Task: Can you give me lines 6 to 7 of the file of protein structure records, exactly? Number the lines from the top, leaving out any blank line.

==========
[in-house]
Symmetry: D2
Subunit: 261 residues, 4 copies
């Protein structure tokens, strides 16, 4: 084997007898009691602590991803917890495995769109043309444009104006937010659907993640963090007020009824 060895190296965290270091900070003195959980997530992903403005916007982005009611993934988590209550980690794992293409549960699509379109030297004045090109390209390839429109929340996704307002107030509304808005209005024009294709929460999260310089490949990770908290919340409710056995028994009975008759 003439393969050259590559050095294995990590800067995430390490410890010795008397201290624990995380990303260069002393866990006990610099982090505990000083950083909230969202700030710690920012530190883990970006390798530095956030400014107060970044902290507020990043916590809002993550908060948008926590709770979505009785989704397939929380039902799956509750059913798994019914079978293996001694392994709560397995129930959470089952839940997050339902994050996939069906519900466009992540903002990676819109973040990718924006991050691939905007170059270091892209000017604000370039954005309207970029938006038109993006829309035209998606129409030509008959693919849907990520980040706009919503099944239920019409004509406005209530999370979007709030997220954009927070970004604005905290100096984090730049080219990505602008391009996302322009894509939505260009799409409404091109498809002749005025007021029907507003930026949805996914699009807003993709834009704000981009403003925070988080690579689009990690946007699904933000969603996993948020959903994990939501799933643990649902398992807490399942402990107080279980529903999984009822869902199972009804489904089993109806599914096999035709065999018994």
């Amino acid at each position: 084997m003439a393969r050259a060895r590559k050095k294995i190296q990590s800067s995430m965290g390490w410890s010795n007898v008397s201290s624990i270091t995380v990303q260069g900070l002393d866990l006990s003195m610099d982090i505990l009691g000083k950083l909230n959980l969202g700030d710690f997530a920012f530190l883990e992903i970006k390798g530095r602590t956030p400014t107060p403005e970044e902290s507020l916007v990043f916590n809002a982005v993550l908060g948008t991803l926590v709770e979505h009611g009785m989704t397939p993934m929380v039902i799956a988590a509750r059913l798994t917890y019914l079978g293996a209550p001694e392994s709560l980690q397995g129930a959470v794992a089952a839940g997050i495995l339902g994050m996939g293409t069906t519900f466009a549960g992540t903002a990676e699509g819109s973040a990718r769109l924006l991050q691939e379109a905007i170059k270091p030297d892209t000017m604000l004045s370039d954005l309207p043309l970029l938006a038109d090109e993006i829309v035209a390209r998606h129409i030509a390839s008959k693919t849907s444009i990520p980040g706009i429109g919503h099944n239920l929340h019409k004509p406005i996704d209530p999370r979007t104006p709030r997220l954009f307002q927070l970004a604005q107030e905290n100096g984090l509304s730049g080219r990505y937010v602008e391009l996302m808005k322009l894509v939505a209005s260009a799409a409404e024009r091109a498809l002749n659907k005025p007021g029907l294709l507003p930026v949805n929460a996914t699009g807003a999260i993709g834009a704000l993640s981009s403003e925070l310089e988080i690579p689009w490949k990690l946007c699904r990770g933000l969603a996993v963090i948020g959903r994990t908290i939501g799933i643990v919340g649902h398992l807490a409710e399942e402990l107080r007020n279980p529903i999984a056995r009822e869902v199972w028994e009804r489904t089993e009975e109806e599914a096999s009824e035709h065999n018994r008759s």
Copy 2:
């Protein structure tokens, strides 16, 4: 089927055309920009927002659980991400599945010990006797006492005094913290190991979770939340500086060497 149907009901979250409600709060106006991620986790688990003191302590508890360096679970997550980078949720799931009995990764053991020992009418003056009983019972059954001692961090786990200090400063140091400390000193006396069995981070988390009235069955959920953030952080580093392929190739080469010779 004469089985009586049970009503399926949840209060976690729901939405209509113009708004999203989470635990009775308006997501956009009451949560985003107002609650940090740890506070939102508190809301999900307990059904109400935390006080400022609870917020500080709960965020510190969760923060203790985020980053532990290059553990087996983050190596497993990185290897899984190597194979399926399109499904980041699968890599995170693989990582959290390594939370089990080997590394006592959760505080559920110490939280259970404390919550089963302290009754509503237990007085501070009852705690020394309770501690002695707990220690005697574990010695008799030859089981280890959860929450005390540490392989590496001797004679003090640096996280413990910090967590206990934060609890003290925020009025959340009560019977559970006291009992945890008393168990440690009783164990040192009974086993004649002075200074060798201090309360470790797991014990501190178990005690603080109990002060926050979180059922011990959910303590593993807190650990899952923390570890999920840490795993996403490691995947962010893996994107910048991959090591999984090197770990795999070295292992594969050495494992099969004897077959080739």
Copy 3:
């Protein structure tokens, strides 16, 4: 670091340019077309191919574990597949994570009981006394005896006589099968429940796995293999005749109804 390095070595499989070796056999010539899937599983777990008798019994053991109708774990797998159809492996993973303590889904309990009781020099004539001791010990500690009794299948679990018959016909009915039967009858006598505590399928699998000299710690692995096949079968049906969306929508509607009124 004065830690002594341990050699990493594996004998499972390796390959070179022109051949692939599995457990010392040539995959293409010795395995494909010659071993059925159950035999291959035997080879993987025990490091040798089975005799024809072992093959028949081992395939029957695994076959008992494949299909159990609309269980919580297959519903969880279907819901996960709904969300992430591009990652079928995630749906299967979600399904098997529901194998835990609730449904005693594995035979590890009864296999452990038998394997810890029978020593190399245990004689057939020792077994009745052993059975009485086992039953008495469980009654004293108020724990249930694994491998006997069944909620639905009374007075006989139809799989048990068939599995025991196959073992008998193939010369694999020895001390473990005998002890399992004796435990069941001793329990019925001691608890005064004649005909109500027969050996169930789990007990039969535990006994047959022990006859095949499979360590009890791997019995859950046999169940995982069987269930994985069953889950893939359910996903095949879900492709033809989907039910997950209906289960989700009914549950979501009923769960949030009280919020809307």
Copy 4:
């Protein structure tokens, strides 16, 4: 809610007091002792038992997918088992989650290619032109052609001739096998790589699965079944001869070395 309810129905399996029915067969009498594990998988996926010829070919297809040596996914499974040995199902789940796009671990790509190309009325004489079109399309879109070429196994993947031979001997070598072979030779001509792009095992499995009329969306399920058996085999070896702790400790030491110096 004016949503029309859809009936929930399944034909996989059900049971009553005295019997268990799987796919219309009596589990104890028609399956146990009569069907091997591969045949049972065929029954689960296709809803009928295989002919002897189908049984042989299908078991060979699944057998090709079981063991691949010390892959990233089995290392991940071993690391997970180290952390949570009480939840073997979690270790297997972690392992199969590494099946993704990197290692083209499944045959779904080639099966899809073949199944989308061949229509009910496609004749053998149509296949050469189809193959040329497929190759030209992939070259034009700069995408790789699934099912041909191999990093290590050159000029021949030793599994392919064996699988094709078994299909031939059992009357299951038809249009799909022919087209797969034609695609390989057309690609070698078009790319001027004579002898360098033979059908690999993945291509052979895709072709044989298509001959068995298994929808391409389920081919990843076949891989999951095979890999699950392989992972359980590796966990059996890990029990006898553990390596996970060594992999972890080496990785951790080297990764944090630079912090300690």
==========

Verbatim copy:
Copy 2:
């Protein structure tokens, strides 16, 4: 089927055309920009927002659980991400599945010990006797006492005094913290190991979770939340500086060497 149907009901979250409600709060106006991620986790688990003191302590508890360096679970997550980078949720799931009995990764053991020992009418003056009983019972059954001692961090786990200090400063140091400390000193006396069995981070988390009235069955959920953030952080580093392929190739080469010779 004469089985009586049970009503399926949840209060976690729901939405209509113009708004999203989470635990009775308006997501956009009451949560985003107002609650940090740890506070939102508190809301999900307990059904109400935390006080400022609870917020500080709960965020510190969760923060203790985020980053532990290059553990087996983050190596497993990185290897899984190597194979399926399109499904980041699968890599995170693989990582959290390594939370089990080997590394006592959760505080559920110490939280259970404390919550089963302290009754509503237990007085501070009852705690020394309770501690002695707990220690005697574990010695008799030859089981280890959860929450005390540490392989590496001797004679003090640096996280413990910090967590206990934060609890003290925020009025959340009560019977559970006291009992945890008393168990440690009783164990040192009974086993004649002075200074060798201090309360470790797991014990501190178990005690603080109990002060926050979180059922011990959910303590593993807190650990899952923390570890999920840490795993996403490691995947962010893996994107910048991959090591999984090197770990795999070295292992594969050495494992099969004897077959080739």